The city of Madison is in an epic battle against the liquor cartel. This liquor cartel, better known as the Tavern League, wants to manipulate the Alcohol License Review Committee to renew the downtown alcohol density plan. The plan — passed in 2006 and set to expire one year from now — is an attempt to limit and/or gradually reduce the number of bars in downtown Madison.
The ALRC initiated the plan with the hopes of improving downtown safety. After two years, however, the committee needs to realize that the plan has not effectively combated the crime problem and its only benefit has been empowering the Tavern League’s goal of eliminating potential competition.
The crime problem has nothing to do with bars, but rather a high number of overly intoxicated people in downtown. It seems intuitive that bars and drunkards are part of the same problem, but to equate the two is an oversimplification. The vast majority of people who go to bars enjoy a few drinks and socialize without incident. They do not become overly belligerent, nor do they pose a safety hazard. Dangerously over-drunk students are the exception, not the rule.
Curbing the number of bars does little to help safety. Instead, Madison should continue to punish bartenders who overserve their patrons and maintain an increased downtown police presence. When we develop a commitment to accountability for bar owners and patrons alike, crime downtown should ease up, even if State Street was allowed to flow with tequila.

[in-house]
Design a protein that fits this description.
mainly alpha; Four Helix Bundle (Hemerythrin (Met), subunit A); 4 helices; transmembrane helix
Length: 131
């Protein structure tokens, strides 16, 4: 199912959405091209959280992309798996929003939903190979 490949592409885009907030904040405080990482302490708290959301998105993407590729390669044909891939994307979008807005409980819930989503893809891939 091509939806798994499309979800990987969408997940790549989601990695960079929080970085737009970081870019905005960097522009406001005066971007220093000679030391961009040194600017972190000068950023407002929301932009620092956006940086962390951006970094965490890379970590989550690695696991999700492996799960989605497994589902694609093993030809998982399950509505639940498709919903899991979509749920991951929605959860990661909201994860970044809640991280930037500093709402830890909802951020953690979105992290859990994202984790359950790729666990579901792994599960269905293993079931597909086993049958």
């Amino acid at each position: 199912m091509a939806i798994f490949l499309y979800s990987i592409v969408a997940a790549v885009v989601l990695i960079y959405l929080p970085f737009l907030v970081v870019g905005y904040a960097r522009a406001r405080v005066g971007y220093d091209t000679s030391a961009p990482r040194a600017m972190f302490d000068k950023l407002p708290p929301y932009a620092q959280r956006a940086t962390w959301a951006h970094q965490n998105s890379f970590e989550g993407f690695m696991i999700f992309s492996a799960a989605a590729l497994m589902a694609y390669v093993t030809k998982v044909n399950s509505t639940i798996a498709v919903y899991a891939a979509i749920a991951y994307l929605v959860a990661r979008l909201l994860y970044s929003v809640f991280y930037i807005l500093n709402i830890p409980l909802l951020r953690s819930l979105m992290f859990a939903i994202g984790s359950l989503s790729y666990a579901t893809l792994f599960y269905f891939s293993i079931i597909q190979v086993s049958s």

Having a vibrant downtown is important economically and socially for Madison, and having bars is merely part of that vital vibrancy. But the idea that the city will become overrun with bars is ludicrous. Downtown Madison is situated between UW-Madison and the Capitol. These two institutions translate into a great deal of daytime pedestrian traffic, which means that restaurants and merchandise stores will always be potentially profitable enterprises.
And yet, the Tavern League could care less about drunkards on State Street. If anything, it seems that they have a vested interest in Madisonians ordering drink after drink after drink. So why then is the Tavern League so adamant that the sunset clause on the alcohol density plan be repealed?
“The pie is the same size, but the slice is smaller for everyone,” said Marsh Shapiro, the Tavern League representative to the Alcohol License Review Committee and the owner of the Nitty Gritty. This is the smoking gun. The Tavern League does not want the density plan to expire so they can monopolize the market, swell their pockets and jack up prices.
The league wants to limit new bars because they realize new bars may detract from their business. They may even be right, but that is Free Market Economics 101. If new bars can be profitable, then they should be allowed to open, and if old bars cannot survive in the face of newer competition, then the market will force them to put up the shutters. It is a cold reality, but it is integral part of what lies at the foundation of our system. To allow businesses to monopolize the market is to murder the American dream. If new entrepreneurs are closed out of sections of the private sector, the idea that anyone with motivation, intelligence and a vision can make it becomes ludicrous.
The city government of Madison wants to keep its citizens safe. For the Tavern League to pervert this desire in order to form a cartel is disgusting. Lobbying is part of the American system, but for government to be pressured by a lobby to promote a special interest over the interest of the populace is an unfortunate breakdown of justice and liberty. It is urgent that the Alcohol License Review Committee allows the alcohol density plan to expire and free Madison from the influence of the mob — I mean the Tavern League.
Max Manasevit (email@example.com) is a sophomore majoring in philosophy.